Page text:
Designing Lesson Plans - Thinking about Thinking
Thinking is one of the top 15 activities that we talk or write about, at least in the English language. We use thinking more than feeling, asking, wanting or telling in our day-to-day vocabulary. At the same time, when I did an informal survey, it showed that what people know about thinking is limited. About 25% of the people just used synonyms for thinking (‘having thoughts’, ‘thinking is a process’, etc.) and only about 1/5th said that thinking was to connect things.
Making connections is at the core of thinking. As educators, the education endeavour, our lesson plans, our learning outcomes should be about making these connections. Look at the two set of letters at the right.
Which one are you more likely to remember for a longer time? Most of us will remember PXNAPLLE for a longer time. And this set of letters seems familiar to us. Maybe reminds you of pineapple, pan, apple, or other familiar words. This familiarity is your brain making connections between this new set of letters to already known existing sets of letters. The second set of letters makes stronger connections to existing memory of pineapple (maybe), and hence we think it is easier for us to remember. So, making connections is an important part of the learning process.
One may argue that this example only takes into consideration the remember and recall type of thinking. And that ‘having knowledge’ is at the bottom of the Bloom’s Taxonomy pyramid. I (as many others have) want to argue that the different types of thinking are not a pyramid at all. Yes, different types of thinking exist, but they are not hierarchical. Different types of thinking are used to solve different problems. In the above example, remember and recall type of thinking was needed. But if you had to assemble a table in your house, you are not going to start with attaining knowledge about the table and the tree it came from. You are going to do and start putting the table together. In Bloom’s taxonomy, you would be using application, having skipped some types of more ‘foundational’ thinking. There is limited evidence that thinking is hierarchical. Despite this, the reason that Bloom’s Taxonomy has remained a part of pedagogical vocabulary and practice, is due to its relatability to the school curriculum and expected learning outcomes. Learning practices in schools (most schools in India) are geared toward memorising, recalling, and repeating during assessments. If all teaching is structured to remember and recall, it will be the easiest (foundational) type of thinking. If a student is made to use all types of thinking right from the beginning, the Bloom’s Taxonomy pyramid is likely not to hold true. Another criticism of Bloom’s Taxonomy, which I agree with is that understanding is one of the ways to think. I argue that thinking leads to understanding which leads to learning. Understanding is the outcome of thinking. Further, learning and understanding are memories stored in the brain. Learning and understanding is deeper when the connections made in the brain are stronger.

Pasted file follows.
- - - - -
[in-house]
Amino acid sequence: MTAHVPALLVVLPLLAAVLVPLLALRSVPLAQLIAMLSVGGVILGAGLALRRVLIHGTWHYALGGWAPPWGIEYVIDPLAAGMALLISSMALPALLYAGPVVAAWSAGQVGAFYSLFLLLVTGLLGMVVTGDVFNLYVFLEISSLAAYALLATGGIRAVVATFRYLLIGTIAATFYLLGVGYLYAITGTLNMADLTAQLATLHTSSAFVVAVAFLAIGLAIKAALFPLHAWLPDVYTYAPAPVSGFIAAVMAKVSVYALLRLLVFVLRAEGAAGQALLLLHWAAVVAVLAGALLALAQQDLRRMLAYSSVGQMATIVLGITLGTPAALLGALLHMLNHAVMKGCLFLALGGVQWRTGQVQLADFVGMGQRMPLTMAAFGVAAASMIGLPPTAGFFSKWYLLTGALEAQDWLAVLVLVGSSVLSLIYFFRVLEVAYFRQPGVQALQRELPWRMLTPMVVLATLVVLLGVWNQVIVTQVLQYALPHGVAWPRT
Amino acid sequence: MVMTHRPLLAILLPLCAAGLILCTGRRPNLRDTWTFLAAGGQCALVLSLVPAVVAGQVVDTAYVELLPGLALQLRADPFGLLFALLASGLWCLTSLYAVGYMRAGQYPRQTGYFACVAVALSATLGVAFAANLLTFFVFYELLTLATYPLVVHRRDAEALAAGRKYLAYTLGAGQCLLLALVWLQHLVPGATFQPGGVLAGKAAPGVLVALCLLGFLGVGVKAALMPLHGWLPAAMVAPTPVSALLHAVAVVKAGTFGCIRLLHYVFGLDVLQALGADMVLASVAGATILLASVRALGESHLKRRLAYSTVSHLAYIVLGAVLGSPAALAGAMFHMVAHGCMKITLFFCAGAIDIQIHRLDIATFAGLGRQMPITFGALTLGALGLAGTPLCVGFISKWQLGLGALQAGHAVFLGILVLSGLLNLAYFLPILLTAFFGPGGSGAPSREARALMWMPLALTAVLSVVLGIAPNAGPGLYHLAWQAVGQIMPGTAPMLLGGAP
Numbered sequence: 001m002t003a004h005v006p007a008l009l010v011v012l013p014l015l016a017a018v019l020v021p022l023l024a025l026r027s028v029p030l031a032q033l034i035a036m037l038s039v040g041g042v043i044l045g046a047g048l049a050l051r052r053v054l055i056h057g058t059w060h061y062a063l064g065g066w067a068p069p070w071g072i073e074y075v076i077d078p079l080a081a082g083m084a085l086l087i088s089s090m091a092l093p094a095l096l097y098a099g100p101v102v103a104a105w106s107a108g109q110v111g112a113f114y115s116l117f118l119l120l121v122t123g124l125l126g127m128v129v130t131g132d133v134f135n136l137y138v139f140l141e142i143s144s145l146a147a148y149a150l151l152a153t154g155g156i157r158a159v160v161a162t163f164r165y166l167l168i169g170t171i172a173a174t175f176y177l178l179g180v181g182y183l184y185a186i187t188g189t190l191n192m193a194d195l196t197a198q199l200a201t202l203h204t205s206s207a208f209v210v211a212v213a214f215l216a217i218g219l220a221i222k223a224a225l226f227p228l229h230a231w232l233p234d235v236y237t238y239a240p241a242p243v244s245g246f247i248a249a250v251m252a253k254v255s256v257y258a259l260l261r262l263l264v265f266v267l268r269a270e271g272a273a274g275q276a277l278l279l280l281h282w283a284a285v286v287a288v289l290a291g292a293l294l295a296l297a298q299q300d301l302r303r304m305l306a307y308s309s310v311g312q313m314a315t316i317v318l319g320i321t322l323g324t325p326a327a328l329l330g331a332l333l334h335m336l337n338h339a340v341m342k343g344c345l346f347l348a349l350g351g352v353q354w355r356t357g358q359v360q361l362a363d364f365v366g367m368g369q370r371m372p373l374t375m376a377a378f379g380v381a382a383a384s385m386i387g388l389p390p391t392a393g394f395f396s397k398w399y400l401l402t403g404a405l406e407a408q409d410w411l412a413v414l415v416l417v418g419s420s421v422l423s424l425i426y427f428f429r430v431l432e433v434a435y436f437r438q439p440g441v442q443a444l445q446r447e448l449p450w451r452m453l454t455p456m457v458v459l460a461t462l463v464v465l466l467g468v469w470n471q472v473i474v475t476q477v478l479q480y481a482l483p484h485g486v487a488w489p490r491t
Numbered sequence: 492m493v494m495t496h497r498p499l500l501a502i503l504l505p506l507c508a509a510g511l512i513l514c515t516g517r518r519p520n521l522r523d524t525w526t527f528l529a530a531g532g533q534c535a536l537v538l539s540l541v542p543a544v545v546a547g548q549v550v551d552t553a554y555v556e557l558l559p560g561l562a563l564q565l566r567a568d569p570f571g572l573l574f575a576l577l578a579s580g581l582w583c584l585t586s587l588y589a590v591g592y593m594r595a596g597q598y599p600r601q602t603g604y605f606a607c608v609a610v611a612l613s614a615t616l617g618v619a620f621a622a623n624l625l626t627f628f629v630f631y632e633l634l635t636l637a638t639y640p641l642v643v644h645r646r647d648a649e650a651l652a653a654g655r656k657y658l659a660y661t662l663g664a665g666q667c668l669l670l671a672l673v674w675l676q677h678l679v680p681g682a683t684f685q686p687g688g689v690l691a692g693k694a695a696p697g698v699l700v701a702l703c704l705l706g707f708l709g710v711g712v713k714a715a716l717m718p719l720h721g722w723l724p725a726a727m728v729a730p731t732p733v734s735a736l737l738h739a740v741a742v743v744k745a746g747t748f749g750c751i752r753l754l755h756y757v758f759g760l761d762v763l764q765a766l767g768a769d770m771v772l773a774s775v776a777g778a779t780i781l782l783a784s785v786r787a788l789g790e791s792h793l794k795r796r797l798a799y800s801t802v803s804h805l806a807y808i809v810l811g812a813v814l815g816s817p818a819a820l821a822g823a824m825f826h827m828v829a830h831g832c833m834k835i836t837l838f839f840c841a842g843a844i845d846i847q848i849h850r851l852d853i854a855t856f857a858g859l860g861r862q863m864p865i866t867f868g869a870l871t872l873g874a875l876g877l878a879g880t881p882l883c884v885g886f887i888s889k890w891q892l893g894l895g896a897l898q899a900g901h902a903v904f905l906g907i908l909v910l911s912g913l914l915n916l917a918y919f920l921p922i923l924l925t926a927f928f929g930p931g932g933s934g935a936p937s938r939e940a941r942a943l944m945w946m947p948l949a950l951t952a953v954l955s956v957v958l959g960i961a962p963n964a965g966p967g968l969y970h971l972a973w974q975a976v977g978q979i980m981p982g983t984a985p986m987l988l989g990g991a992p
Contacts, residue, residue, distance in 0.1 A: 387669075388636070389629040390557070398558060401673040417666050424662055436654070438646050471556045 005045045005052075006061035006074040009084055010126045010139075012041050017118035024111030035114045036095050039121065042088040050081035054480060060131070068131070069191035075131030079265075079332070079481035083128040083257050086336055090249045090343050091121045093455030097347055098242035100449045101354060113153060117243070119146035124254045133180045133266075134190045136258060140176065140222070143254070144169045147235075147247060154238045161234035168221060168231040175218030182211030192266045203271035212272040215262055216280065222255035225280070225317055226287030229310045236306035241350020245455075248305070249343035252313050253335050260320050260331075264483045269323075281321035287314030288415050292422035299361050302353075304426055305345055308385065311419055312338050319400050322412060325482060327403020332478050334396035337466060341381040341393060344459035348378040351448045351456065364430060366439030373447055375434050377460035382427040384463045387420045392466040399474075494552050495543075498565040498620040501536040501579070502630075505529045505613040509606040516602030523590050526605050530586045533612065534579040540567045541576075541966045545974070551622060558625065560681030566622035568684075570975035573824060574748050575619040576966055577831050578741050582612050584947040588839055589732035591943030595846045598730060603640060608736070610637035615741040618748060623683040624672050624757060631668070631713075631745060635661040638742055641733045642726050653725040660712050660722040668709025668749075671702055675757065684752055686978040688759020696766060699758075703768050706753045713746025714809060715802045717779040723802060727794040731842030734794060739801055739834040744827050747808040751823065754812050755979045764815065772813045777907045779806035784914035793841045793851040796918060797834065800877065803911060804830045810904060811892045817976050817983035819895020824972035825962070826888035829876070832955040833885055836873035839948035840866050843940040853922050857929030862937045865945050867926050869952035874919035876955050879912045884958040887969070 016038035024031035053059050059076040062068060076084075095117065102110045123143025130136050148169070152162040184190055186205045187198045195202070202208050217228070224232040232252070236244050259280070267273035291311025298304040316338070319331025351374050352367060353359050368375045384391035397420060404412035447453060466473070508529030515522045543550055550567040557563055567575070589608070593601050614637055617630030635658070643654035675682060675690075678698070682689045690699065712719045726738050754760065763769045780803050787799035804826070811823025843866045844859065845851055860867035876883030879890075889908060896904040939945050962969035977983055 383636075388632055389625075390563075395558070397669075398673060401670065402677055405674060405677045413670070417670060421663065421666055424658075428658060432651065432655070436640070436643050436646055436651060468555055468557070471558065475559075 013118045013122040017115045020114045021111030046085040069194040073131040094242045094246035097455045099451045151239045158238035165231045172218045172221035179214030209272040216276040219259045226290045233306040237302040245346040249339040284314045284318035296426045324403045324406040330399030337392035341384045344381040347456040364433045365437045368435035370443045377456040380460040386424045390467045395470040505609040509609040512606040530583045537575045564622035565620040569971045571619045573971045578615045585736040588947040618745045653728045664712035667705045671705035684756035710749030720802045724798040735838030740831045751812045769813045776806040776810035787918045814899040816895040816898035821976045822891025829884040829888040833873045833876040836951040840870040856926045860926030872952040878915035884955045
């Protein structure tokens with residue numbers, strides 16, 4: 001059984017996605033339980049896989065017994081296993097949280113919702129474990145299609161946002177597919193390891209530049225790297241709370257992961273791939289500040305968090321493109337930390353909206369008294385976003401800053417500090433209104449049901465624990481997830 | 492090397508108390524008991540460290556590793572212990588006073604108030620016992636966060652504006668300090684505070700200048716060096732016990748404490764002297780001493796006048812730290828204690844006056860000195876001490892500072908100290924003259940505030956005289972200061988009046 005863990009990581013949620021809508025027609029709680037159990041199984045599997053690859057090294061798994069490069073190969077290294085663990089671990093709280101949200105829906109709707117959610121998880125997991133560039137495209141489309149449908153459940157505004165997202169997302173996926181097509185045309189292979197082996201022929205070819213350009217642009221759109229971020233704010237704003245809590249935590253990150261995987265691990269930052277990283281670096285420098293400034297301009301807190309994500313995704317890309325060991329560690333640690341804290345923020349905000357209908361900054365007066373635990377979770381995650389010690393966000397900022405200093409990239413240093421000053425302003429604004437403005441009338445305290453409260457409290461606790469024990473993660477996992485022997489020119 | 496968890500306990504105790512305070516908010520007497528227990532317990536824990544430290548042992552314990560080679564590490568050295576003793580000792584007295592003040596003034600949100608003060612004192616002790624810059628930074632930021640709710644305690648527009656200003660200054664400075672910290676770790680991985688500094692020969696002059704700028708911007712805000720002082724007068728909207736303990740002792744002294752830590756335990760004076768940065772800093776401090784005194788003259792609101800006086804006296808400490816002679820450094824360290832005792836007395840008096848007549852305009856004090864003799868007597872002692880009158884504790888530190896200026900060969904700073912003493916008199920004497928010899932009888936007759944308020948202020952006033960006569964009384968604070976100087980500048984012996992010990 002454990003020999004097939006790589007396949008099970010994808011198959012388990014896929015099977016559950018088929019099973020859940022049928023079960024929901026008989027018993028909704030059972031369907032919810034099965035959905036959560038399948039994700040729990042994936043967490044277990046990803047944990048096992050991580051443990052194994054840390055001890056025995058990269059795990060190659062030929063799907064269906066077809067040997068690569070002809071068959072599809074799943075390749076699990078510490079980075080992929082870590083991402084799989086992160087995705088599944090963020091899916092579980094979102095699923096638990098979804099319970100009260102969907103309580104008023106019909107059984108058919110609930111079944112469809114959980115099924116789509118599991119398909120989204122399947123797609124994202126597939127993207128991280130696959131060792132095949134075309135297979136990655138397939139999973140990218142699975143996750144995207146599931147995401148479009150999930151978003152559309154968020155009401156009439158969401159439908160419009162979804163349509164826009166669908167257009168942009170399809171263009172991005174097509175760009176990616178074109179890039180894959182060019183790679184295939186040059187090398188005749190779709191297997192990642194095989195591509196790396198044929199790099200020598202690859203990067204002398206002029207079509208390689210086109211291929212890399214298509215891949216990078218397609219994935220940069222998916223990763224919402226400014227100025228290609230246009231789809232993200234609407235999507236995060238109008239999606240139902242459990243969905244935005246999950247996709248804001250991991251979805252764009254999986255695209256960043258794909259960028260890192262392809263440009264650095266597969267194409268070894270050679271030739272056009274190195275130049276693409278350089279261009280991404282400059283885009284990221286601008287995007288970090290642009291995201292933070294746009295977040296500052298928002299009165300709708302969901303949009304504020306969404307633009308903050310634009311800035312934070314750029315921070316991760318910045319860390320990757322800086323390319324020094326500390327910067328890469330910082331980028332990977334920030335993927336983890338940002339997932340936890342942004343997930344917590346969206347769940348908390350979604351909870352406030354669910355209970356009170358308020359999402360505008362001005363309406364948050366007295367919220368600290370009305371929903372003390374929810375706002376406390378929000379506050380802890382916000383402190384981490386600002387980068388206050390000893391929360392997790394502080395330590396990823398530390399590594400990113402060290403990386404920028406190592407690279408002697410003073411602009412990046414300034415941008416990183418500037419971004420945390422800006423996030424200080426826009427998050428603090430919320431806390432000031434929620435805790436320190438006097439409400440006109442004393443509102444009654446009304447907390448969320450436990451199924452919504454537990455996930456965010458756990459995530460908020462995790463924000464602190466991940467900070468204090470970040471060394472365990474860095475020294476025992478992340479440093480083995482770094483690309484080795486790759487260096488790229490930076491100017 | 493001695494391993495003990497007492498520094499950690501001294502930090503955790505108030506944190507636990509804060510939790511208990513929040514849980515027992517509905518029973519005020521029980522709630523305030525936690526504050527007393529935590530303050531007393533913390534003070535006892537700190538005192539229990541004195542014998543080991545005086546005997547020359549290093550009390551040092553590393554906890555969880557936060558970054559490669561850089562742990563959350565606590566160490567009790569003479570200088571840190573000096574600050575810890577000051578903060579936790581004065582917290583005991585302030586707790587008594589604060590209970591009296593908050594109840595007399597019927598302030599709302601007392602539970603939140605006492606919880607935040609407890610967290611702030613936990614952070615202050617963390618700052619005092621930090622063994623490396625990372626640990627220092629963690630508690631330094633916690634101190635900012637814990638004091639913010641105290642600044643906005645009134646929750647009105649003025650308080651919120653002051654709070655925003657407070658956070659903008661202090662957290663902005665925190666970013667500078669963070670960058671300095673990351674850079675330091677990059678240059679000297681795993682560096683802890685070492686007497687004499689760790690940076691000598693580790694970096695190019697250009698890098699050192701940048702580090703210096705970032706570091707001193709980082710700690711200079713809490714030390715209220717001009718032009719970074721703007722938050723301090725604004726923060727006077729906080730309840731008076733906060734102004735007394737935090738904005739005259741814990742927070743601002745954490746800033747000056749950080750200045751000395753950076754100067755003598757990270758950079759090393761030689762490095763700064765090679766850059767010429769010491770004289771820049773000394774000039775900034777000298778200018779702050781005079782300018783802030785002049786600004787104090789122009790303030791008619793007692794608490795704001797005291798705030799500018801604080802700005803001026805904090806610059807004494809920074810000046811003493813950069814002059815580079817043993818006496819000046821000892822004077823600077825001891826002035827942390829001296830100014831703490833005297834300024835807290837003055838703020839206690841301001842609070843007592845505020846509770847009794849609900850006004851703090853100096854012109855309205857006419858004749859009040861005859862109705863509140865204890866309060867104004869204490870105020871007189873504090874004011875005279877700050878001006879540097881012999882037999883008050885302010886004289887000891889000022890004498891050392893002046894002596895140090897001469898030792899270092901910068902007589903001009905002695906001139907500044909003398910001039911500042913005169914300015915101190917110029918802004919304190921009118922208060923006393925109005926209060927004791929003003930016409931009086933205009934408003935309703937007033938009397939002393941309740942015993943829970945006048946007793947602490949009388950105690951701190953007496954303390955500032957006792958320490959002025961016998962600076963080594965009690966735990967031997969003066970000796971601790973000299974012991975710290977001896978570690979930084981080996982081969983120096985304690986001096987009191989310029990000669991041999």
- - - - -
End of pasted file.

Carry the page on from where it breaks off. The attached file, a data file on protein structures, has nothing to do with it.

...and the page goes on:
So, thinking is central to understanding and hence learning, thinking is about making connections, and thinking is not hierarchical. If thinking is so critical to the learning process, thinking needs to be made more visible – for teachers, in lesson plans and for students. For teachers it is essential to make the different ways of thinking (Box 1) a part of lesson plans.
To ensure thinking processes are active during a lesson, it is important for teachers and facilitators to create and implement thinking routines (examples in Box 2. For more information on thinking routines, please visit the Project Zero website.
Finally, if the process of thinking is central to learning, it becomes imperative that students know about how learning happens and indulge in the best practices. This will help students understand the lesson plans and the activities in the lesson that they are doing. So that metacognition (thinking about thinking) happens, it is important to nudge students to start by asking questions like ‘Why do you think so?’, ‘What makes you say that?’, and so on. Metacognition in students leads them to think more critically and understand their emotions. I have seen examples of students especially in the middle school, where they sometimes do not know why they do something – it is an emotional response, they do not fully understand that emotion. Asking students and helping them slow down the process of thinking and hence understand their thinking process has been very successful. You can see how this slowing down would help with critical thinking, as well. So, the next time you want to make a lesson plan sit, think and ask yourselves five questions. This will not guarantee a great learning experience for the students, but it will be a step in the right direction.
unboxED is based on multi-disciplinary learning. It offers the child and parent resources to build a growth mindset at home while exploring Literacy and STEM concepts through conversations and creation, and letting kids be kids. These educational boxes have been built keeping in mind the academic and cognitive skills needed at various stages of the child’s development.